Download the PDF (2014 version, please check with the graduate supervisor):  Directed Reading, Thesis and Research Guidelines

Your thesis is the most important part of your M.A. program. It will be the critical test of your success as a graduate student, and recommendations for further study or for employment will be based heavily on it. A main purpose of your courses is to provide the academic background and research skills necessary for a satisfactory research project.

There is a tendency for students to concentrate during the Fall and Winter terms on course readings and assignments, and to put off decisions about the thesis until late in the Spring term, resulting in the loss of the summer as a constructive research period. The effective definition of a topic demands a good deal of thought, reading and preliminary research; it cannot be done quickly and therefore must be begun early.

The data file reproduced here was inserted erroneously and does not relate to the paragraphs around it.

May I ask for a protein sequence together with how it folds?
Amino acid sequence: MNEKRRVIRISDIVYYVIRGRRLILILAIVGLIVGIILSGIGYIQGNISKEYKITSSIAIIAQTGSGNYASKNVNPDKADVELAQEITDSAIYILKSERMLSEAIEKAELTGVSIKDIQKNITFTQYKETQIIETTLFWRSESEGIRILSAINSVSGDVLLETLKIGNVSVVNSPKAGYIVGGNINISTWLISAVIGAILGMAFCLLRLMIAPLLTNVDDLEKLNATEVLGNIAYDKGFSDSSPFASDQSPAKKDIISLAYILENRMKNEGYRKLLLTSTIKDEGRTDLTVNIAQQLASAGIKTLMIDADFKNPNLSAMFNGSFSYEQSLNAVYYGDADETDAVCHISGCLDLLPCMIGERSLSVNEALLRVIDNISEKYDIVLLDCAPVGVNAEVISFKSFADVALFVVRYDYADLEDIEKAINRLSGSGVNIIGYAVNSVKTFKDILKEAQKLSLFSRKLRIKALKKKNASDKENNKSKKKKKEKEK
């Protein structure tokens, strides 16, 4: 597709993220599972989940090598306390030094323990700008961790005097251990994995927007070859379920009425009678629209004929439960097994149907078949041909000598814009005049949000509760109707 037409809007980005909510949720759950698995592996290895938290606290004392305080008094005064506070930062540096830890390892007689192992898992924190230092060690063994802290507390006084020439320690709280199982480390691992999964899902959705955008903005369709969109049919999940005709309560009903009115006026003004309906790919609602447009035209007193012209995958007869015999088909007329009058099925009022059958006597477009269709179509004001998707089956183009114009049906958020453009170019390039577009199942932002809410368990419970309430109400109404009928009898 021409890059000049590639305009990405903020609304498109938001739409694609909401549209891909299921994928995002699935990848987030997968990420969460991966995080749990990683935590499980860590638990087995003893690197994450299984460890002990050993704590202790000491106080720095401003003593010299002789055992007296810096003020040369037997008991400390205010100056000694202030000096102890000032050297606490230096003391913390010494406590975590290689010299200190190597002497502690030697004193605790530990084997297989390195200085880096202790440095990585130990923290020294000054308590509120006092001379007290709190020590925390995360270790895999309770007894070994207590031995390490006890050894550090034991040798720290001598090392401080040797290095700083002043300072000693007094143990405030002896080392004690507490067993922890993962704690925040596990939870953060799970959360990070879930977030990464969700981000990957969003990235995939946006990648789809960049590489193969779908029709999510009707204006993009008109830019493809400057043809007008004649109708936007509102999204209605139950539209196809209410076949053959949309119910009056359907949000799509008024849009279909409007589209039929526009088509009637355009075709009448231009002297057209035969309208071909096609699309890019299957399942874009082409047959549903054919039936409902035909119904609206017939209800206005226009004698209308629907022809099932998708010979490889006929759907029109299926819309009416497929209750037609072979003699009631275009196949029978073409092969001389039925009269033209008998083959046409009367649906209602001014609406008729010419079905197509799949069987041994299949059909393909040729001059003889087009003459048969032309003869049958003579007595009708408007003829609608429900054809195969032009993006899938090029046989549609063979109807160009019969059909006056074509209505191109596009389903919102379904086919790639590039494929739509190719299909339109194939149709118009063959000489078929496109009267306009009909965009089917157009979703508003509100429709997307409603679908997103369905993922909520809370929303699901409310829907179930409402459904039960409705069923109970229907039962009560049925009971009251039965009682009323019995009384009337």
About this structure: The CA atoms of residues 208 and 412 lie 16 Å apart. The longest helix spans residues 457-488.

Faculty also need to know their commitments in advance. Students trying to define a topic during the summer, without having secured the prior agreement of a supervisor, are apt to find that no one is available until September. It is considered normal to complete the M.A. with a thesis in Art History in fewer than six terms, but only if a topic and supervisor have been arranged and serious work on the thesis or research essay proposal has begun well at the end of first year.

Past Thesis Titles (the following information was originally gathered from – to be verified/updated soon.)

Electronic versions in PDF are available online from Proquest or from the online reference section at the Carleton University Library. Bound copies of dissertations are also held at the Carleton University Library. Please note: thesis information will be available six months from the date of graduation. Search the Thesis Database.